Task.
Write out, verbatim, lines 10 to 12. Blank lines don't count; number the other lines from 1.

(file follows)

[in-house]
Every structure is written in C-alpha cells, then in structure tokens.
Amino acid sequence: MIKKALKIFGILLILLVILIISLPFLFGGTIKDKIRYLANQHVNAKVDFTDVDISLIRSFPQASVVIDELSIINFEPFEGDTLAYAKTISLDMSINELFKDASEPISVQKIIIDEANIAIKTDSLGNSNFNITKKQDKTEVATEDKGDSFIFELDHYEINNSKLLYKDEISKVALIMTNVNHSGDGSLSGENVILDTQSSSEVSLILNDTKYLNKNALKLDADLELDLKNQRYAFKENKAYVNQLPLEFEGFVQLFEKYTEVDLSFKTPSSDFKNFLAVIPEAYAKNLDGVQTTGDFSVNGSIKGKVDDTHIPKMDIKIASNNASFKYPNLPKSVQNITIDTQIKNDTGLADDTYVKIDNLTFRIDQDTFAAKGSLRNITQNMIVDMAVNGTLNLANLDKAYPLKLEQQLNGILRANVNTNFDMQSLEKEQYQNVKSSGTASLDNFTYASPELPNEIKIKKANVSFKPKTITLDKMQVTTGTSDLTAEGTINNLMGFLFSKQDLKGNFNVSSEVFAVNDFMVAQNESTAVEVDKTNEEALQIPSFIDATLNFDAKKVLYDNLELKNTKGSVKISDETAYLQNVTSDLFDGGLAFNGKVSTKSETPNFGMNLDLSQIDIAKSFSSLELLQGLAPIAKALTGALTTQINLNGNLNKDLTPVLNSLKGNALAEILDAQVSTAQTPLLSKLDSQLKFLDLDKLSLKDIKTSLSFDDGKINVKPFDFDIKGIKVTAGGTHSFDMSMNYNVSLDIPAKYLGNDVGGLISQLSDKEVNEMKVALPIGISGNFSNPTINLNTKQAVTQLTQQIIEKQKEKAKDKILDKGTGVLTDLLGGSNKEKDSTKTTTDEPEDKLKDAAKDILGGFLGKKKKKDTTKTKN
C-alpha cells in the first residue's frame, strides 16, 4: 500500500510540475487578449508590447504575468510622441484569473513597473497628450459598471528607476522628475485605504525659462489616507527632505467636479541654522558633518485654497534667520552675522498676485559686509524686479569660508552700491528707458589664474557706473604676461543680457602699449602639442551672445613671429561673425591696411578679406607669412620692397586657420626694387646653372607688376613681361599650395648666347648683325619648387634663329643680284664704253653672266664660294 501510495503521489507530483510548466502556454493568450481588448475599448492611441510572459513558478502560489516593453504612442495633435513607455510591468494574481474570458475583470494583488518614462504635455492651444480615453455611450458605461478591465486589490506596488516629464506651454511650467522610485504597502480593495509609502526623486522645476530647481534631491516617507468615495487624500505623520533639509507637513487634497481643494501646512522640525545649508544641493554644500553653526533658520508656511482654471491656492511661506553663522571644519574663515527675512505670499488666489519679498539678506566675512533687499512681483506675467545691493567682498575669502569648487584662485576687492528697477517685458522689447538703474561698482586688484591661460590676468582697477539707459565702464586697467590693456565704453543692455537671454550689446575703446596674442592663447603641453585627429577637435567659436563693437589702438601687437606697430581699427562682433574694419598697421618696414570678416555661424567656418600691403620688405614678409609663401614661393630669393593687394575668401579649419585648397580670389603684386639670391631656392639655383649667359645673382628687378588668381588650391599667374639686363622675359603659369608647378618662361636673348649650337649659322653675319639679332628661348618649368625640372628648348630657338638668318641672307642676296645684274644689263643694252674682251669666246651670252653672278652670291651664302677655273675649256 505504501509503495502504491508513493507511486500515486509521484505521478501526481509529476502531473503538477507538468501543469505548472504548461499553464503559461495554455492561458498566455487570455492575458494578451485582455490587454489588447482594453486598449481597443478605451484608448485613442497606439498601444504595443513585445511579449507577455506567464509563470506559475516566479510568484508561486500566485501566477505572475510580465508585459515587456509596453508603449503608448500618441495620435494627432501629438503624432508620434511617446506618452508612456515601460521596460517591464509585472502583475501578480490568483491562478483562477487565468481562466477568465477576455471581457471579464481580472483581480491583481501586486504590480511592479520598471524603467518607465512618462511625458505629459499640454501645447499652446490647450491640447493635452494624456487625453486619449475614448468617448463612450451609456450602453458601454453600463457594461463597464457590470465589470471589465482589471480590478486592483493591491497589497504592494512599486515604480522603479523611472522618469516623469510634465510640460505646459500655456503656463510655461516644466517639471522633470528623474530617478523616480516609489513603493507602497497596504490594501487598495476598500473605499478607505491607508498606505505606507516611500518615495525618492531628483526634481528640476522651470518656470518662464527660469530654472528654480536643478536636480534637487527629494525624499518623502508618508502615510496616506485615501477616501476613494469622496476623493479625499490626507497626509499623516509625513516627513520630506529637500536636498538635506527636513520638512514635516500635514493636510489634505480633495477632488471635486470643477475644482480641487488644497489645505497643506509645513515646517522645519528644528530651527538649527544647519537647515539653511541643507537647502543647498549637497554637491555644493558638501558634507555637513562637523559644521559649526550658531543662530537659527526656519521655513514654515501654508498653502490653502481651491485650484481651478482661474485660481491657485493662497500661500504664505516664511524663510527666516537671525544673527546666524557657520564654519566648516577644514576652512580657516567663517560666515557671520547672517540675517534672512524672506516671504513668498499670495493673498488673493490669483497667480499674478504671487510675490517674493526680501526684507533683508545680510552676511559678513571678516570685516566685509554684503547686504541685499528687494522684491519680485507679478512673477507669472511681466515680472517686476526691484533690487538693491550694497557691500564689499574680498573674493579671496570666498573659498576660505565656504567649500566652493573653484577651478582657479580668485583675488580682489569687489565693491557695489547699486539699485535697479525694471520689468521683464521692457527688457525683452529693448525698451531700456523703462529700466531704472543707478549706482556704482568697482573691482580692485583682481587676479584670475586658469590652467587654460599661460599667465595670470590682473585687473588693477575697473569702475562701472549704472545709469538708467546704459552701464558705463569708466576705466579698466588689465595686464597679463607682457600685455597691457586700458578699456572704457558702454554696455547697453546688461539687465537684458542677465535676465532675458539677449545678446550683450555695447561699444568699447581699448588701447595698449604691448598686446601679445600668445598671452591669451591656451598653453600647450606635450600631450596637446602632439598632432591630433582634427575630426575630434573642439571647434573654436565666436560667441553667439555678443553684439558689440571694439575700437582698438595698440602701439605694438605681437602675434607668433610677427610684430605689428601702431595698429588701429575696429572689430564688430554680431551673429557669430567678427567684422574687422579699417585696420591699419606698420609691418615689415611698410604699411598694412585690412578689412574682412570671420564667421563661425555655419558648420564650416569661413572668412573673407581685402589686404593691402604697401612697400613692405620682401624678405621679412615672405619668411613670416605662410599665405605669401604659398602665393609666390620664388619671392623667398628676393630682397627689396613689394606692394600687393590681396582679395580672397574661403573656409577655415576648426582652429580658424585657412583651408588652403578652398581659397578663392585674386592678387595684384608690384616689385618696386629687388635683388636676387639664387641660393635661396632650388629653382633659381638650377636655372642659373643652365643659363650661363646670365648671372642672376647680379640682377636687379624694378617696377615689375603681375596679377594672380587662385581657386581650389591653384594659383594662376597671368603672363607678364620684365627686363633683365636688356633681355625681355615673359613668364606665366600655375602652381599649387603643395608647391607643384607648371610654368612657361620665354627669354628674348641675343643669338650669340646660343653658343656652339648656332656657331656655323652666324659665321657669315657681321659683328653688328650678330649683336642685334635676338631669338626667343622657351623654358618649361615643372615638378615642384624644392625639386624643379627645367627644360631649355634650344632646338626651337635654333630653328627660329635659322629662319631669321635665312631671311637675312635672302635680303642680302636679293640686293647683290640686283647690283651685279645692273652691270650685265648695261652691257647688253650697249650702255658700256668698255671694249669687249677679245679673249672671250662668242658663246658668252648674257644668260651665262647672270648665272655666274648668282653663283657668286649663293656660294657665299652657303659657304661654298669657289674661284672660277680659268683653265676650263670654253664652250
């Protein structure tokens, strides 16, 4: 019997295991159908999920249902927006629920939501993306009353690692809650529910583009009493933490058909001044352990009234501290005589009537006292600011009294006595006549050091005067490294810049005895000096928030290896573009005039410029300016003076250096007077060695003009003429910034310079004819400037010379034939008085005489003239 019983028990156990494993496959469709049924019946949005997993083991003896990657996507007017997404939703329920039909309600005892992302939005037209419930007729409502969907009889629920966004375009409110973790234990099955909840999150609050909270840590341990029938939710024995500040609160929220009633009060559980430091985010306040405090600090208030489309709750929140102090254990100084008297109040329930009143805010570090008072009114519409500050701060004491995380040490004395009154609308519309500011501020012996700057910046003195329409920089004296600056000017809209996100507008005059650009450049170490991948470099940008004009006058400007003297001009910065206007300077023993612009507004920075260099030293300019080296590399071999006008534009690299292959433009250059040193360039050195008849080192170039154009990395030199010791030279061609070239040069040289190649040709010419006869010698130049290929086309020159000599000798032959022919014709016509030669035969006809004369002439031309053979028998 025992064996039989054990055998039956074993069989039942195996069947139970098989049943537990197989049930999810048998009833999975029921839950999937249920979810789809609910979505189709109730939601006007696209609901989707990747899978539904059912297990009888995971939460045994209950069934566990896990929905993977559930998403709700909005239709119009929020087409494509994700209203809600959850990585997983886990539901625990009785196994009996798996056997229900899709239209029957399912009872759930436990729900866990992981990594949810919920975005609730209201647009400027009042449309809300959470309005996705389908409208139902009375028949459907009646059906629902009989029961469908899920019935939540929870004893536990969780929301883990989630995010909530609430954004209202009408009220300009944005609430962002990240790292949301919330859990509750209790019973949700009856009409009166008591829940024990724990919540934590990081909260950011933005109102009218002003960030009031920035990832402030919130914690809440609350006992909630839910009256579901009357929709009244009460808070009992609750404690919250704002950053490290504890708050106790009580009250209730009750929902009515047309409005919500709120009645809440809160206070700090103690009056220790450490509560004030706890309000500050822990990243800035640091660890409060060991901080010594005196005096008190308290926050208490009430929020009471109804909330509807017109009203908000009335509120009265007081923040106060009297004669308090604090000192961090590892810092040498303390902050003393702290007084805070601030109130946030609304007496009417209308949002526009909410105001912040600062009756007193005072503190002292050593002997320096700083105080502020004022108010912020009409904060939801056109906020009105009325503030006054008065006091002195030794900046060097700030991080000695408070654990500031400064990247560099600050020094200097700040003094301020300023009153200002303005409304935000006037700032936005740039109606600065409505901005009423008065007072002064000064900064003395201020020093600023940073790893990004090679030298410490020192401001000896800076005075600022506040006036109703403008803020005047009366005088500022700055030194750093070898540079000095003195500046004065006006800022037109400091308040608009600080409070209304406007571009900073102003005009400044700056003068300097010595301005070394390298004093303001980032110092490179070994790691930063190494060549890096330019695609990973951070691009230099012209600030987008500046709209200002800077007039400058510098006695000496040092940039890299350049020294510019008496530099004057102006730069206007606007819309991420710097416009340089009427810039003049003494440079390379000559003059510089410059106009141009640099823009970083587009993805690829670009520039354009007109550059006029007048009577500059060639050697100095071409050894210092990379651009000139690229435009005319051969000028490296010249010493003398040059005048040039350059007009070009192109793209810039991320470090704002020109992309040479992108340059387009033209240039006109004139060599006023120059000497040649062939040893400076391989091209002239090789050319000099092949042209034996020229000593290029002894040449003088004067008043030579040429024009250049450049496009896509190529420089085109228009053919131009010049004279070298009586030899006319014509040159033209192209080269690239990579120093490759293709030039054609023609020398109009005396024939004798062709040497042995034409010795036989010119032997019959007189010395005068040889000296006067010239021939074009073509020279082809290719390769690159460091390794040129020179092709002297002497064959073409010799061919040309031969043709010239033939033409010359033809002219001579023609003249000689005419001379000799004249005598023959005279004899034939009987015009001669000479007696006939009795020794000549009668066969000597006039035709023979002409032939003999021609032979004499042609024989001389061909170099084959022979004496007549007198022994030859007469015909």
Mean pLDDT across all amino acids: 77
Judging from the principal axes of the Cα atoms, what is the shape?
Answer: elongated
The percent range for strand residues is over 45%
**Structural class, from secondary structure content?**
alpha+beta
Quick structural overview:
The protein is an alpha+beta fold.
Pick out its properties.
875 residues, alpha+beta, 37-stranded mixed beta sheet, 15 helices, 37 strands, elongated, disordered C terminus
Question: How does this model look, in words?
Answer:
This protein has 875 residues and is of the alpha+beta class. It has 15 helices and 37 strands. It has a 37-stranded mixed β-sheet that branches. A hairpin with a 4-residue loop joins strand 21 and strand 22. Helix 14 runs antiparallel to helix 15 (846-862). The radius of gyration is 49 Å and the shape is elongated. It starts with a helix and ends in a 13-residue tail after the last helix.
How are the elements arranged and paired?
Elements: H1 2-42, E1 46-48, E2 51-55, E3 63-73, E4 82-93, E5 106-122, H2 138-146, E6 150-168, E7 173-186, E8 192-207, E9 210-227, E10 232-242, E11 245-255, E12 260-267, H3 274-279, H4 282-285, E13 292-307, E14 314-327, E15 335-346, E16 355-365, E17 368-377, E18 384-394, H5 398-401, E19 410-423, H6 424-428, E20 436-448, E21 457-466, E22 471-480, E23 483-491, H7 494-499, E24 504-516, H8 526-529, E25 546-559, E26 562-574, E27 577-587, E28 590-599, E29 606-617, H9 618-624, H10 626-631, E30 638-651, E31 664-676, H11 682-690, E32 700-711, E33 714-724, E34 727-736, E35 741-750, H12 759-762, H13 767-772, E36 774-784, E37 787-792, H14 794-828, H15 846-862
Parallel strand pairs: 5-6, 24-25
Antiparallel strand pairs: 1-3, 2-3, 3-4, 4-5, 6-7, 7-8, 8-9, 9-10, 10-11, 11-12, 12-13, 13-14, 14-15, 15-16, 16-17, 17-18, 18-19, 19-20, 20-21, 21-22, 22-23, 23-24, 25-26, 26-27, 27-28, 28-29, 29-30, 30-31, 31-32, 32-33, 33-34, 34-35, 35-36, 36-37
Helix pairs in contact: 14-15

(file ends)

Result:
**Structural class, from secondary structure content?**
alpha+beta
Quick structural overview: